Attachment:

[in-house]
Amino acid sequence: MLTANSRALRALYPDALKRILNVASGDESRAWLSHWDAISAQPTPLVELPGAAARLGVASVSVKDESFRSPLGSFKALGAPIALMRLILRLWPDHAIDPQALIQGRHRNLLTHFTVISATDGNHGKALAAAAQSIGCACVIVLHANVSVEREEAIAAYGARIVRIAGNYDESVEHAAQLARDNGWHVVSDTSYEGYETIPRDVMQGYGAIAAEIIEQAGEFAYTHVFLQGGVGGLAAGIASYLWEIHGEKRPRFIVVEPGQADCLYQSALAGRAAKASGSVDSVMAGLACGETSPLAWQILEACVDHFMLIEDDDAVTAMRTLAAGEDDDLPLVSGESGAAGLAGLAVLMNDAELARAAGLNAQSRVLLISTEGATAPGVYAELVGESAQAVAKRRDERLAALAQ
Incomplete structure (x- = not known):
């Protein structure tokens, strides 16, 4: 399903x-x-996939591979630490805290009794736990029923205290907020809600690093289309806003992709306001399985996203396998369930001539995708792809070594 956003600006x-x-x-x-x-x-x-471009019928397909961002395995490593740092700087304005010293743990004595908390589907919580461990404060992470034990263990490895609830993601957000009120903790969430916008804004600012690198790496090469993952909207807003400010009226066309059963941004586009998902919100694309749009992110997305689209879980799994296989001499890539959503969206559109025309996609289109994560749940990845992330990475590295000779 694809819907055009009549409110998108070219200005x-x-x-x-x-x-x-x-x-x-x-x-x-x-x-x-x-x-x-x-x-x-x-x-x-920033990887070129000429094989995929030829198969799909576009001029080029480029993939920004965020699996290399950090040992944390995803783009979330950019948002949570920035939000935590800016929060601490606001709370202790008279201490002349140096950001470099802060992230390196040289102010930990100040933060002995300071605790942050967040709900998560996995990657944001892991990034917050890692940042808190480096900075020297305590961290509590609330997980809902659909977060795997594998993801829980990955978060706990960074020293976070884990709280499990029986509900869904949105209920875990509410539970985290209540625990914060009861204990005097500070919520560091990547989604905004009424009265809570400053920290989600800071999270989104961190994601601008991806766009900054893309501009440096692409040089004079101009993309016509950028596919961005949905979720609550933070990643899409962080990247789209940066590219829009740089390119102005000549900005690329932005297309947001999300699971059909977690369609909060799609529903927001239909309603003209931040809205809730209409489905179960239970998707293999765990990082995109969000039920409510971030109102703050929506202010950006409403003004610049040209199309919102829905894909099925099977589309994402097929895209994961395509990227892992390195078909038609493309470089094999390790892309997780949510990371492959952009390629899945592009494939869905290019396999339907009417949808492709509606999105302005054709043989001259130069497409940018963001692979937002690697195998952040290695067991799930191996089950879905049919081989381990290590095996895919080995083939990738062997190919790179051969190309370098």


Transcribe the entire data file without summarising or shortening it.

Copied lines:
[in-house]
Amino acid sequence: MLTANSRALRALYPDALKRILNVASGDESRAWLSHWDAISAQPTPLVELPGAAARLGVASVSVKDESFRSPLGSFKALGAPIALMRLILRLWPDHAIDPQALIQGRHRNLLTHFTVISATDGNHGKALAAAAQSIGCACVIVLHANVSVEREEAIAAYGARIVRIAGNYDESVEHAAQLARDNGWHVVSDTSYEGYETIPRDVMQGYGAIAAEIIEQAGEFAYTHVFLQGGVGGLAAGIASYLWEIHGEKRPRFIVVEPGQADCLYQSALAGRAAKASGSVDSVMAGLACGETSPLAWQILEACVDHFMLIEDDDAVTAMRTLAAGEDDDLPLVSGESGAAGLAGLAVLMNDAELARAAGLNAQSRVLLISTEGATAPGVYAELVGESAQAVAKRRDERLAALAQ
Incomplete structure (x- = not known):
């Protein structure tokens, strides 16, 4: 399903x-x-996939591979630490805290009794736990029923205290907020809600690093289309806003992709306001399985996203396998369930001539995708792809070594 956003600006x-x-x-x-x-x-x-471009019928397909961002395995490593740092700087304005010293743990004595908390589907919580461990404060992470034990263990490895609830993601957000009120903790969430916008804004600012690198790496090469993952909207807003400010009226066309059963941004586009998902919100694309749009992110997305689209879980799994296989001499890539959503969206559109025309996609289109994560749940990845992330990475590295000779 694809819907055009009549409110998108070219200005x-x-x-x-x-x-x-x-x-x-x-x-x-x-x-x-x-x-x-x-x-x-x-x-x-920033990887070129000429094989995929030829198969799909576009001029080029480029993939920004965020699996290399950090040992944390995803783009979330950019948002949570920035939000935590800016929060601490606001709370202790008279201490002349140096950001470099802060992230390196040289102010930990100040933060002995300071605790942050967040709900998560996995990657944001892991990034917050890692940042808190480096900075020297305590961290509590609330997980809902659909977060795997594998993801829980990955978060706990960074020293976070884990709280499990029986509900869904949105209920875990509410539970985290209540625990914060009861204990005097500070919520560091990547989604905004009424009265809570400053920290989600800071999270989104961190994601601008991806766009900054893309501009440096692409040089004079101009993309016509950028596919961005949905979720609550933070990643899409962080990247789209940066590219829009740089390119102005000549900005690329932005297309947001999300699971059909977690369609909060799609529903927001239909309603003209931040809205809730209409489905179960239970998707293999765990990082995109969000039920409510971030109102703050929506202010950006409403003004610049040209199309919102829905894909099925099977589309994402097929895209994961395509990227892992390195078909038609493309470089094999390790892309997780949510990371492959952009390629899945592009494939869905290019396999339907009417949808492709509606999105302005054709043989001259130069497409940018963001692979937002690697195998952040290695067991799930191996089950879905049919081989381990290590095996895919080995083939990738062997190919790179051969190309370098």